Christmas Chocolate Fruit Cake

From Cherrapeño

A different kind of fruit cake, studded with nuts, dried fruit and chocolate. One of the nice things about this recipe is that you can make substitutions to your liking - for example, swap the dried cherries for dried cranberries or apricots, sultanas for raisins, almonds for pecans and brandy for rum.
Instead of the traditional marzipan and thick fondant icing, I used white chocolate to cover the top of the cake, made some fondant snowflakes and sprinkled with edible glitter.

75g dried cherries (or cranberries)
75g sultanas (or raisins)
175ml brandy (or rum)
50g flaked almonds
100g whole macadamia nuts
100g whole blanched almonds
300g good dark chocolate, roughly chopped
125g unsalted butter, softened
50g caster sugar
100g plain flour
3 eggs
175g ground almonds
450g clear runny honey
1 tablespoon apricot conserve
Extra brandy to pour over cake

Soak the dried cherries and the sultanas in a bowl along with the brandy for at least one hour or preferably overnight.

Set the oven to 14oºC and line a 23cm (9") deep cake tin with baking parchment. A spring form tin or one with a removable bottom is ideal.

Spread the flaked almonds, macadamia nuts and blanched almonds onto baking trays and roast in the oven until brown, about 5-8 minutes - keep an eye on them, they can easily burn. Let the nuts cool before chopping.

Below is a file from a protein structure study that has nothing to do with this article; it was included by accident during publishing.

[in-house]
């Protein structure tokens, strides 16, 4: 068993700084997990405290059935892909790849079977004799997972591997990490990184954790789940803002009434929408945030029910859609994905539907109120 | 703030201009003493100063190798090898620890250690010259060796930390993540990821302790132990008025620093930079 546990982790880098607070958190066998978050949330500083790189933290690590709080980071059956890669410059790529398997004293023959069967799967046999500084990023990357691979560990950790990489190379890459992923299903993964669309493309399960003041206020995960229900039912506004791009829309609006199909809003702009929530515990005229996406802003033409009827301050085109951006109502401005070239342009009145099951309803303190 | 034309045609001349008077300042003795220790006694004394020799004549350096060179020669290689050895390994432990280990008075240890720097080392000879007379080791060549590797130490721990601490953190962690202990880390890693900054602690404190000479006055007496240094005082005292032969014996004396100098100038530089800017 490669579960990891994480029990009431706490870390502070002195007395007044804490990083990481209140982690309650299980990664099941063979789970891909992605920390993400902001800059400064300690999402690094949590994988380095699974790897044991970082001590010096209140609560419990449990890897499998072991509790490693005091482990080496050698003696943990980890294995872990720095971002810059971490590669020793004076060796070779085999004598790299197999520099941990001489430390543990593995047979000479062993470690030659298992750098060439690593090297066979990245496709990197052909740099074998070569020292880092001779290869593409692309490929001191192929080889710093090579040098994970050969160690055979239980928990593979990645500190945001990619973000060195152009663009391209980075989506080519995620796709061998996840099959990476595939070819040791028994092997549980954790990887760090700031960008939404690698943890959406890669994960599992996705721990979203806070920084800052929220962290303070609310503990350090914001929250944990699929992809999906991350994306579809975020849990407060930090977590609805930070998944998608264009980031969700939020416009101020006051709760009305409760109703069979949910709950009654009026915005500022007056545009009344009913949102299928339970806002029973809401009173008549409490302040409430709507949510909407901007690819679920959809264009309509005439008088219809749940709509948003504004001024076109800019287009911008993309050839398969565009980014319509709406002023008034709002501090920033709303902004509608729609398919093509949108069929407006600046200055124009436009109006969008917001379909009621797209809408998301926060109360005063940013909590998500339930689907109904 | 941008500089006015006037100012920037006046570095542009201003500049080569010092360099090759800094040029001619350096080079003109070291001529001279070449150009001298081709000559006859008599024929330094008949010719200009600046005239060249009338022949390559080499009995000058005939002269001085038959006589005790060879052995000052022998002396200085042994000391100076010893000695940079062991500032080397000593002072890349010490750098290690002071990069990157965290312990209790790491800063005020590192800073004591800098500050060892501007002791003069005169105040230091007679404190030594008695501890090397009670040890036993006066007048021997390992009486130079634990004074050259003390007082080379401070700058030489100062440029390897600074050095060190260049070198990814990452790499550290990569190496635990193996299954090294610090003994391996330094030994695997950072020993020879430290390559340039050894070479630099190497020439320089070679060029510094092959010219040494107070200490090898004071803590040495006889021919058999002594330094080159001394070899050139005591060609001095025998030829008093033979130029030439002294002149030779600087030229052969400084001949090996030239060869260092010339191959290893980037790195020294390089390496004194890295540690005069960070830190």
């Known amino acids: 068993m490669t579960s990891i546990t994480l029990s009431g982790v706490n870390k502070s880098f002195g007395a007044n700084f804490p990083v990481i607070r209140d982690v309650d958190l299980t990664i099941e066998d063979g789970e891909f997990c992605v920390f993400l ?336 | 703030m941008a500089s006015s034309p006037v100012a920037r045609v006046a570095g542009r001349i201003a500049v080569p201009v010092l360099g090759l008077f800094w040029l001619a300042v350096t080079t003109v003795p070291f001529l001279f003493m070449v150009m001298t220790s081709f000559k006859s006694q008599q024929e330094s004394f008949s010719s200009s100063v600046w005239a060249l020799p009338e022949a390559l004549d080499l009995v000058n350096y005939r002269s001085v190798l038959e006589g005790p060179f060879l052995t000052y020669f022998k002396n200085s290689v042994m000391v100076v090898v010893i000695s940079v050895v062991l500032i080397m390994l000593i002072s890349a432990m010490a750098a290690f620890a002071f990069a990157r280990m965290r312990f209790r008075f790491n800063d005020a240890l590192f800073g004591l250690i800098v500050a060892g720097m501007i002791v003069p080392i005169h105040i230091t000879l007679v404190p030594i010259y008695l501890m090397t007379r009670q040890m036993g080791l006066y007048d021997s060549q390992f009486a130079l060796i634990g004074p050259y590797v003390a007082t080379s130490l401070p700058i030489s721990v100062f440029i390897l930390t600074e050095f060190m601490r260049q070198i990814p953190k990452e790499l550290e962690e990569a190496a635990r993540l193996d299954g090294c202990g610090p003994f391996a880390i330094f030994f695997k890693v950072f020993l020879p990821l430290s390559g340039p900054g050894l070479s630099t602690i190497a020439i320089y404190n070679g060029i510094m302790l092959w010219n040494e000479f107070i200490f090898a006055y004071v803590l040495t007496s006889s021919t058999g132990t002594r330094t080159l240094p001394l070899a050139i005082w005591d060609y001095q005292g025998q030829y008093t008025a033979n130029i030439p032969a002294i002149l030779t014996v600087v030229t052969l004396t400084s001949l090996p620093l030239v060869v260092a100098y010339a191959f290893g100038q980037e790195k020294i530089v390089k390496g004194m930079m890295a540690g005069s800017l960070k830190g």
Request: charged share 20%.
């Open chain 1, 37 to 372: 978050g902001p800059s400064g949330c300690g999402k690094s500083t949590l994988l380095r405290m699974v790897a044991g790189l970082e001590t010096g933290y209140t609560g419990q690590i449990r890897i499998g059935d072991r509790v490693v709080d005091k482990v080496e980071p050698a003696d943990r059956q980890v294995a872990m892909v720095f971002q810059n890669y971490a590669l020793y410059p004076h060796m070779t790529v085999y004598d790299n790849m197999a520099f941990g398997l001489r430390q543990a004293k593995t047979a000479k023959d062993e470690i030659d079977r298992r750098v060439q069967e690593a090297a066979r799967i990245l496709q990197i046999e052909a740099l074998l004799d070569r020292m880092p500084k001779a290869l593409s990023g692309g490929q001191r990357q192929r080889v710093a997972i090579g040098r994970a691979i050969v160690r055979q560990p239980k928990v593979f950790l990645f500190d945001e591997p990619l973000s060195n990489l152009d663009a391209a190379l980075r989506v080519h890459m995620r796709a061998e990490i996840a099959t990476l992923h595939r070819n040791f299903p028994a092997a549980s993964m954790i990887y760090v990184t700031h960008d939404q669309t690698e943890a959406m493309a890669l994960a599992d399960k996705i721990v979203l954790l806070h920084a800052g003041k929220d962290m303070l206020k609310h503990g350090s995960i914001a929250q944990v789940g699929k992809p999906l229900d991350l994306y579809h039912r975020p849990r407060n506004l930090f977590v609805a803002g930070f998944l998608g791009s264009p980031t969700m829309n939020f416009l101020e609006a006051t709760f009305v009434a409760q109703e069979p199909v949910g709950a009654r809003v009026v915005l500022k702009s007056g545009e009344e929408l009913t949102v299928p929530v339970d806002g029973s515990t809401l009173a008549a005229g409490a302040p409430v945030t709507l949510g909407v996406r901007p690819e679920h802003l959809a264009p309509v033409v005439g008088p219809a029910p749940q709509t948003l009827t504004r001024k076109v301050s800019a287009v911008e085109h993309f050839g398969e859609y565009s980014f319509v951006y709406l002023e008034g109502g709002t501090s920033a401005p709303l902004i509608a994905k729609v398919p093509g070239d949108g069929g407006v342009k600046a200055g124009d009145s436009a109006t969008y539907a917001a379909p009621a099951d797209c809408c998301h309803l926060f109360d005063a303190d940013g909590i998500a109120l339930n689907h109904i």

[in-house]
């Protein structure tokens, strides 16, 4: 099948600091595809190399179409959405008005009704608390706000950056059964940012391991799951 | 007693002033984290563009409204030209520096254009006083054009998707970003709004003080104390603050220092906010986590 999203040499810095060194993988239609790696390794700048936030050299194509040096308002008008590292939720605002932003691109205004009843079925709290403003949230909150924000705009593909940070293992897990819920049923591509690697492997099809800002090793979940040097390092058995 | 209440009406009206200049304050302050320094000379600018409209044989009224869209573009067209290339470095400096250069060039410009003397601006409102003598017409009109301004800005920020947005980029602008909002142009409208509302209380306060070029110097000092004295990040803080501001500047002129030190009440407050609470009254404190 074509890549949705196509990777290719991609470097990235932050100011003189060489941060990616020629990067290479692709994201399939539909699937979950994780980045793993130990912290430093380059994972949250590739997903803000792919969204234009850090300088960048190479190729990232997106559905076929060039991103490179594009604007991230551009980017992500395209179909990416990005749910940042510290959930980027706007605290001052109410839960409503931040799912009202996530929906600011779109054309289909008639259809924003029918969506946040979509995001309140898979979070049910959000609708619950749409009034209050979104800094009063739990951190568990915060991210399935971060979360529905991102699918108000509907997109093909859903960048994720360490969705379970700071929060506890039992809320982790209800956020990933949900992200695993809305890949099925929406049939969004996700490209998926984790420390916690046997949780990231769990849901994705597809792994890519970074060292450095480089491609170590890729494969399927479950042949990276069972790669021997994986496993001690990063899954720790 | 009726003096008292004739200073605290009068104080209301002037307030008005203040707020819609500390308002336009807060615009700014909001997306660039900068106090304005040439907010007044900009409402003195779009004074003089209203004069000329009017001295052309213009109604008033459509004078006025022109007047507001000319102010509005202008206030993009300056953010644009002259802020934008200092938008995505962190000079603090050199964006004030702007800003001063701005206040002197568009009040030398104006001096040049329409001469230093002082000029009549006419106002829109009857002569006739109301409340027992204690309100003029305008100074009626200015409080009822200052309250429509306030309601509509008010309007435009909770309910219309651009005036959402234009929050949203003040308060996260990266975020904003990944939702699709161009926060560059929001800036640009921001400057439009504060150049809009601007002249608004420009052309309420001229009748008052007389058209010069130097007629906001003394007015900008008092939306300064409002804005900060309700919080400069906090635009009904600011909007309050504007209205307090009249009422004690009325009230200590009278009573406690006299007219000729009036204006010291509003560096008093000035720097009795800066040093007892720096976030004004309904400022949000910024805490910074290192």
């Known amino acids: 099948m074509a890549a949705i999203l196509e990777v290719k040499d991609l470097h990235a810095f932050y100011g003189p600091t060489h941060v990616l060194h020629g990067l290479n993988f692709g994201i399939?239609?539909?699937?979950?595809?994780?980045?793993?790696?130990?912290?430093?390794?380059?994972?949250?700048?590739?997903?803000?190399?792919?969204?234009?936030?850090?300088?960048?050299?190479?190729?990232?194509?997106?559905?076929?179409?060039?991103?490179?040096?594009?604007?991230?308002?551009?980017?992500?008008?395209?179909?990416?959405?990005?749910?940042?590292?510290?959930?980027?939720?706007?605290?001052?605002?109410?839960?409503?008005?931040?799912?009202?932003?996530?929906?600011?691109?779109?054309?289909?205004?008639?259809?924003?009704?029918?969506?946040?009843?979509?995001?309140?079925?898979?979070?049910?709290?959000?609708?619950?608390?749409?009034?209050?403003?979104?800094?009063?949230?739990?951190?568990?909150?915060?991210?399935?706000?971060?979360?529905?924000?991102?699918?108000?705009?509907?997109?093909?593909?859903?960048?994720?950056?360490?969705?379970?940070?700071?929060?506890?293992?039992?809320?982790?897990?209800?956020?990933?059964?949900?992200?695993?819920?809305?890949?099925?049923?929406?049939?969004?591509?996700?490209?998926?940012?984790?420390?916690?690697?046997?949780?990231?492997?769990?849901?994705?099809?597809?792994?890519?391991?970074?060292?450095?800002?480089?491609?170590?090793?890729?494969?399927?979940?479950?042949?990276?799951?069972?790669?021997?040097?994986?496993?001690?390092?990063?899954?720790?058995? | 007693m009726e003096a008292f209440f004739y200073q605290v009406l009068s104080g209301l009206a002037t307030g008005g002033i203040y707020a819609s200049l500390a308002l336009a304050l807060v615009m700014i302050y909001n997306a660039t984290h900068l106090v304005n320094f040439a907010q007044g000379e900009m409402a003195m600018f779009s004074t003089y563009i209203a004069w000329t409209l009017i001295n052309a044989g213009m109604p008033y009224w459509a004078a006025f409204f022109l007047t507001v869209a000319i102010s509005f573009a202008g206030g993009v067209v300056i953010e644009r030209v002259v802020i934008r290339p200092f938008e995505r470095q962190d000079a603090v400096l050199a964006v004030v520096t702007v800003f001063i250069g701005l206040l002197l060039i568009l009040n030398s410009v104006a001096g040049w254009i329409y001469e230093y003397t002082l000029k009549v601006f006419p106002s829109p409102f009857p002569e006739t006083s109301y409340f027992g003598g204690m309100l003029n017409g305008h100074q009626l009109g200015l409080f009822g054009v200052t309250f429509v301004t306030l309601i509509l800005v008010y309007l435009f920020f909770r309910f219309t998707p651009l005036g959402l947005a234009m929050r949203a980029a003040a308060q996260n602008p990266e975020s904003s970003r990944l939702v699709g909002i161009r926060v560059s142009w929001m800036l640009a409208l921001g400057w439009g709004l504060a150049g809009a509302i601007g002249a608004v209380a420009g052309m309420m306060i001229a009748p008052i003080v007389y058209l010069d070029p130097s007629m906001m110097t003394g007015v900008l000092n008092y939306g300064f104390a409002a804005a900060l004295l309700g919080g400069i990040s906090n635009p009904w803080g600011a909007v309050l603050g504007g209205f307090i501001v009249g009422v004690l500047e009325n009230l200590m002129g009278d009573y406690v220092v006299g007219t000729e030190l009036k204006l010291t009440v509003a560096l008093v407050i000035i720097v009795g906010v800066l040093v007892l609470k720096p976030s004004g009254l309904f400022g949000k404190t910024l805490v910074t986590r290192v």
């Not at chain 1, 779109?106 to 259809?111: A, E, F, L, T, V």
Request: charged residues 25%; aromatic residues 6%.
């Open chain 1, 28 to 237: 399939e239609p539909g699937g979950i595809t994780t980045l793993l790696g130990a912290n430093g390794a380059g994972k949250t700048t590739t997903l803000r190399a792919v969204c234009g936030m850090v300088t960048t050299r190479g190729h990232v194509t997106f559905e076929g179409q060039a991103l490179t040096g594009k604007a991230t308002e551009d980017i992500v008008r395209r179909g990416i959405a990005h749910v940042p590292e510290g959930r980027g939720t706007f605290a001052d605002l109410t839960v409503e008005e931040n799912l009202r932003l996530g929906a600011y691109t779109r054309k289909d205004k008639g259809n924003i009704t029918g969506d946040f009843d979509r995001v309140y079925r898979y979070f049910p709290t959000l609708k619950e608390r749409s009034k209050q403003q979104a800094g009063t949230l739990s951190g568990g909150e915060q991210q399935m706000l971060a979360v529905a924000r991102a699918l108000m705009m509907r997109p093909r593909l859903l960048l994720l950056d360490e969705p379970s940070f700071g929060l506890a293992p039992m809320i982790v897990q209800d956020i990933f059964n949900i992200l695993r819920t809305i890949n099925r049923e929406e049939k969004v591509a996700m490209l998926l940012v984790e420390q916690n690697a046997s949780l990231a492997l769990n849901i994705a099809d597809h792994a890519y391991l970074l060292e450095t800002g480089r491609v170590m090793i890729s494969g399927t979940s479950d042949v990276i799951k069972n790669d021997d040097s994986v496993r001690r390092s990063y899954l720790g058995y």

When the whole nuts are cool, chop them finely with a large knife on a chopping board. Don't chop the sliced almonds, they go in as they are.
Roughly chop the chocolate.

In a large bowl, cream the butter and sugar together. Add the eggs one at a time, followed by the flour and half of the ground almonds.

Add the honey to the marinating fruit, along with the apricot conserve. Stir well. Pour this mixture into the large bowl, along with all of the nuts (including the remaining ground almonds) and the chopped chocolate. Stir well until everything is incorporated.

Pour the cake mixture into the deep cake tin and bake for between 2 - 2½ hours. Keep an eye on the cake and test with a cake tester or a skewer until it comes out clean. You may need to cover the cake with some foil to stop it getting too brown. Leave the cake in the tin to cool.

Once cool, make a few holes in the top of the cake and pour over 3-4 tablespoons of brandy. You can do this a few more times to make the cake moist and rich before decorating.

The cake can be kept well wrapped for a few weeks in a cool dark place, feeding with the alcohol every so often, or it can be frozen for a couple of months.